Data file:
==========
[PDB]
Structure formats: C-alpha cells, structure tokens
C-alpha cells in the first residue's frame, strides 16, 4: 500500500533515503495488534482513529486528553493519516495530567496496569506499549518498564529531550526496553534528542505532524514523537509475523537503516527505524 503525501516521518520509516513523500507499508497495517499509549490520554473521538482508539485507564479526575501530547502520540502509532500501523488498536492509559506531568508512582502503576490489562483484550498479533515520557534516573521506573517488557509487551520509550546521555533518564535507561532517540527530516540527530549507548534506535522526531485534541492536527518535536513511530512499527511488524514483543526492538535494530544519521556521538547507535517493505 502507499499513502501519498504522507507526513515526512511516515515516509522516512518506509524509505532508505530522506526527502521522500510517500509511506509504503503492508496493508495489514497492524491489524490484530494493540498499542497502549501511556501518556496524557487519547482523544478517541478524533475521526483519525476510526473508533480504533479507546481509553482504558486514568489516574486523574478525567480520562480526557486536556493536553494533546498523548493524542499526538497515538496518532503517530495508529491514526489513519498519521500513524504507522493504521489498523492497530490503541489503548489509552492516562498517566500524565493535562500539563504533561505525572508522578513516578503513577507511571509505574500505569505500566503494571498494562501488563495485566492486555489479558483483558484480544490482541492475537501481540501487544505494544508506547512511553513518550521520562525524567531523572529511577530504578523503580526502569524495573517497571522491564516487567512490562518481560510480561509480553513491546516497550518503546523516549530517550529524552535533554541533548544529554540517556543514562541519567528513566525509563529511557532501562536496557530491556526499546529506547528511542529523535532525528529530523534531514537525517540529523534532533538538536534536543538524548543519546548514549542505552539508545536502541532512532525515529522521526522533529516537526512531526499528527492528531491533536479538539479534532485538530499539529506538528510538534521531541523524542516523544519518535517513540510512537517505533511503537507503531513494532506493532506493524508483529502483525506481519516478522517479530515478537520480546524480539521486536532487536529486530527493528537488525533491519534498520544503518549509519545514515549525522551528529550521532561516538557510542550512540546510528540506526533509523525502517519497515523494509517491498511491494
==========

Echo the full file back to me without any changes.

[PDB]
Structure formats: C-alpha cells, structure tokens
C-alpha cells in the first residue's frame, strides 16, 4: 500500500533515503495488534482513529486528553493519516495530567496496569506499549518498564529531550526496553534528542505532524514523537509475523537503516527505524 503525501516521518520509516513523500507499508497495517499509549490520554473521538482508539485507564479526575501530547502520540502509532500501523488498536492509559506531568508512582502503576490489562483484550498479533515520557534516573521506573517488557509487551520509550546521555533518564535507561532517540527530516540527530549507548534506535522526531485534541492536527518535536513511530512499527511488524514483543526492538535494530544519521556521538547507535517493505 502507499499513502501519498504522507507526513515526512511516515515516509522516512518506509524509505532508505530522506526527502521522500510517500509511506509504503503492508496493508495489514497492524491489524490484530494493540498499542497502549501511556501518556496524557487519547482523544478517541478524533475521526483519525476510526473508533480504533479507546481509553482504558486514568489516574486523574478525567480520562480526557486536556493536553494533546498523548493524542499526538497515538496518532503517530495508529491514526489513519498519521500513524504507522493504521489498523492497530490503541489503548489509552492516562498517566500524565493535562500539563504533561505525572508522578513516578503513577507511571509505574500505569505500566503494571498494562501488563495485566492486555489479558483483558484480544490482541492475537501481540501487544505494544508506547512511553513518550521520562525524567531523572529511577530504578523503580526502569524495573517497571522491564516487567512490562518481560510480561509480553513491546516497550518503546523516549530517550529524552535533554541533548544529554540517556543514562541519567528513566525509563529511557532501562536496557530491556526499546529506547528511542529523535532525528529530523534531514537525517540529523534532533538538536534536543538524548543519546548514549542505552539508545536502541532512532525515529522521526522533529516537526512531526499528527492528531491533536479538539479534532485538530499539529506538528510538534521531541523524542516523544519518535517513540510512537517505533511503537507503531513494532506493532506493524508483529502483525506481519516478522517479530515478537520480546524480539521486536532487536529486530527493528537488525533491519534498520544503518549509519545514515549525522551528529550521532561516538557510542550512540546510528540506526533509523525502517519497515523494509517491498511491494